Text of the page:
Dogs in the hotel lobby are so last year; what’s next is to take one home. Hotel guests once preferred predictability — same deep-red Marriott carpet, same standard lobby restaurant — but now they want homey. This summer vacation, there’s no telling what a hotel might do to create a home-away-from-home feeling, only better. Look for slippers, hair dryers from blowout salon chain Drybar, yoga mats and scent diffusers. Downstairs, front desks have been traded in for “hosted arrival” and “curators” who recommend a great nearby restaurant — and their favorite dish.
Much has changed since Randy Hassen grew up traveling to hotels with his parents to running them as president of Tampa, Fla.-based McKibbon Hospitality. “The big word wasconsistency,” he says. “The guest did not want any surprises.” Many travelers now want to feel like locals, a trend driven by the rise of home-sharing websites such as Airbnb and VRBO. Goodbye pool and buffet. Hello local craft beer and single-origin coffee pourovers.
McKibbon is developing four new properties from Asheville to Charlotte, part of a statewide hotel boom with more than 17,430 rooms either in construction or planning stages. That’s the equivalent of 11.5% of total supply. Charlotte alone will see 3,700 rooms come online this year, according to Marcus & Millichap, a national commercial real-estate brokerage. But Asheville is ground zero in the war to woo overnight guests. The mountain city’s Airbnb hosts reported 404,000 stays and took in $13.1 million last year, or a quarter of the state’s $51 million total, according to the San Francisco-based company. While that’s a fraction of North Carolina’s $3.5 billion hotel industry, Airbnb’s soaring growth — revenue more than doubled last year and profits are projected to reach $3.5 billion by 2020 — has hotel proprietors rethinking hospitality.
Guests who check in to Aloft Asheville can linger in the lobby to play pool or strum a guitar in the musician’s corner, but many visitors never make it past the doggie pen. “Picture our front desk,” says General Manager David McCartney. “Our doggie play pen is right beside it. People come off the elevator, park their suitcase, but the minute they see the dog, they’re completely disarmed and so comfortable, they almost forget to check in.” Since the McKibbon-owned hotel started fostering dogs 2½ years ago, Charlie’s Angels Animal Rescue has placed more than 80 pets with families across the country.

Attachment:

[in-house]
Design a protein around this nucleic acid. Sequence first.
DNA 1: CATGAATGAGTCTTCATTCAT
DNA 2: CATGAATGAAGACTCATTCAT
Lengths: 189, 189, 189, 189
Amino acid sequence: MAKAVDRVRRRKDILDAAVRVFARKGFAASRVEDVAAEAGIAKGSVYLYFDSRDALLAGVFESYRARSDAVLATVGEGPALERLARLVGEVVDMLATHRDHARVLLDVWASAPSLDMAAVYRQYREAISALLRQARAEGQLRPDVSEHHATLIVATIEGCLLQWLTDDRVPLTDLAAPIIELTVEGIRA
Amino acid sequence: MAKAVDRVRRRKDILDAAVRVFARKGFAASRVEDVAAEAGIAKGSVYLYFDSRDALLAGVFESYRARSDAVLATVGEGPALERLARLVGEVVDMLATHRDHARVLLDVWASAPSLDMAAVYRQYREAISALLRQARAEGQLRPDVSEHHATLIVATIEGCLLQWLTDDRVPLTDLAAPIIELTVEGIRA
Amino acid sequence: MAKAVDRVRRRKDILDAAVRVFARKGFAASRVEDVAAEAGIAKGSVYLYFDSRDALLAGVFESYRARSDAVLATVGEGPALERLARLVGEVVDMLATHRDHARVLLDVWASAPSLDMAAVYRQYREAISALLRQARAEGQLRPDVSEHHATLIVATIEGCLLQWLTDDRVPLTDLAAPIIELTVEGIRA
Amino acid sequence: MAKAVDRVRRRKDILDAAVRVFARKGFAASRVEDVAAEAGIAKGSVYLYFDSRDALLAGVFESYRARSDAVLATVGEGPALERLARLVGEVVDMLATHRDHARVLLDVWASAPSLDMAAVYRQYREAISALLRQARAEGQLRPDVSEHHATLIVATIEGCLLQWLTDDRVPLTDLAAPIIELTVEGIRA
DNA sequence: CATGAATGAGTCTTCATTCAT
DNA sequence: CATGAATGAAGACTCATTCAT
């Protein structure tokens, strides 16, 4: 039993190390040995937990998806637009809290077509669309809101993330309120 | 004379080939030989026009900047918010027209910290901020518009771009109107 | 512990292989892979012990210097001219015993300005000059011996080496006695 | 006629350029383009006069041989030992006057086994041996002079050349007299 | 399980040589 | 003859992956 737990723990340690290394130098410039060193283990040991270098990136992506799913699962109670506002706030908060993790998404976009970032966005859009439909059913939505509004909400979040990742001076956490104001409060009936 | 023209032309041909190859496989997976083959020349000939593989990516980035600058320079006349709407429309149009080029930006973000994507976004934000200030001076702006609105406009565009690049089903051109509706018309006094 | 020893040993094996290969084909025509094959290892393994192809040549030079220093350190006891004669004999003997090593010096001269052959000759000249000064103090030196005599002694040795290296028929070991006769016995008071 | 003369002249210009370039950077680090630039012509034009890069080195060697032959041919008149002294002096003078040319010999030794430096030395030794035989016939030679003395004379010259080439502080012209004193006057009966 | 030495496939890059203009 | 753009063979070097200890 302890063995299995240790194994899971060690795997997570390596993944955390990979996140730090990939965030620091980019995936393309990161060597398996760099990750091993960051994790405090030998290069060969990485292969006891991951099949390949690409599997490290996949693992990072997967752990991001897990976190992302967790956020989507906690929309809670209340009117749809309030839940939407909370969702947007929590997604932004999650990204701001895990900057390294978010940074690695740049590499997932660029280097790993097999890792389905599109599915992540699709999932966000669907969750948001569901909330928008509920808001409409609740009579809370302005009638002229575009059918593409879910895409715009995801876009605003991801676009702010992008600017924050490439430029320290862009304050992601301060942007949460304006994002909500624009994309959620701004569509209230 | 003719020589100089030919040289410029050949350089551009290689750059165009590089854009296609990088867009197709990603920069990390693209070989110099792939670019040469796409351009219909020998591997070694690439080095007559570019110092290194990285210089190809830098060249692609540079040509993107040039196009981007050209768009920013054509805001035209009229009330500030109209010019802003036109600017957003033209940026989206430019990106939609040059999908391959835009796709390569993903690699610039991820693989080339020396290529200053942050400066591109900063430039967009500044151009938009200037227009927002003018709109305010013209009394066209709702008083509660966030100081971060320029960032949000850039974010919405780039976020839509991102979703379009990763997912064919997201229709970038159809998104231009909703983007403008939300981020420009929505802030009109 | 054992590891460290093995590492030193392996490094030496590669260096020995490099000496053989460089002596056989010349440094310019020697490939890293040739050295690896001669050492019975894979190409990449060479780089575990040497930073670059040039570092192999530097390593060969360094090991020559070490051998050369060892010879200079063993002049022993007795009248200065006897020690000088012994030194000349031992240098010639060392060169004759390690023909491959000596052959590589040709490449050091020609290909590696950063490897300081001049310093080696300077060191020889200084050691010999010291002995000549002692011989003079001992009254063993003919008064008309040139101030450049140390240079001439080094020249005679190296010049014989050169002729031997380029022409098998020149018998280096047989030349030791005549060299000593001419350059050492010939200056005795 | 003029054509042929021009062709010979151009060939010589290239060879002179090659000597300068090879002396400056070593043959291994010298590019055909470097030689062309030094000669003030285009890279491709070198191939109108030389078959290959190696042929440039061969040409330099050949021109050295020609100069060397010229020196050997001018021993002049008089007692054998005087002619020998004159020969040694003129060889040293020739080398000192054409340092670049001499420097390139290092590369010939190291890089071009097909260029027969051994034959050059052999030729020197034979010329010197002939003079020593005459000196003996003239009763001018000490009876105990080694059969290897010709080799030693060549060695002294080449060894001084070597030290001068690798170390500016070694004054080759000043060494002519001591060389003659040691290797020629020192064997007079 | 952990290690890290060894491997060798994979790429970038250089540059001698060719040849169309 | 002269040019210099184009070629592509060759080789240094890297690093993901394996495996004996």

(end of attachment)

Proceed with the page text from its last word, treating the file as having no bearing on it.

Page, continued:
Among traditional hotels making the most dramatic change could be Charlotte’s Marriott City Center, owned by the Bethesda, Md.-based industry giant. Guests can skip check-in altogether using their mobile phones for keyless entry. Talib McDowell, the chain’s first director of guest experience, picked out the retro decorations at Coco and the Director, a coffee shop so hip most downtown office workers probably think it isn’t related to the hotel. Anyone can write their name on the chalkboard wall to reserve the conference table in Coco’s co-working space or grab a place on comfy cushions scattered across amphitheater-style seating. Cozy doesn’t come cheap: Renovations to the downtown hotel totaled $40 million.
It may be the price to win the battle with lodging industry innovations and hold on to customers who value hotel traditions of stringent health and safety standards, rewards clubs and reliable amenities for business travelers. So far, hotels are doing fine. Room rates set records last year, according to the Economic Development Partnership of North Carolina, with revenue per room gaining 7.2% for an average of $64.47. More than 35 million room nights were sold in 2016.
But it’s clear that homesharing is having an impact and stands to eat into corporate travel, too, with the introduction of Airbnb for Business in 2015 and the ability for travelers to redeem rewards points for stays. It might involve more than rewards clubs and reliable high-speed internet. In Asheville, Aloft manager McCartney says travelers like to tell a story when they get home. “I want them to go home and brag about something cool they found in Asheville,” he says.
The question is: Can hotels do cool?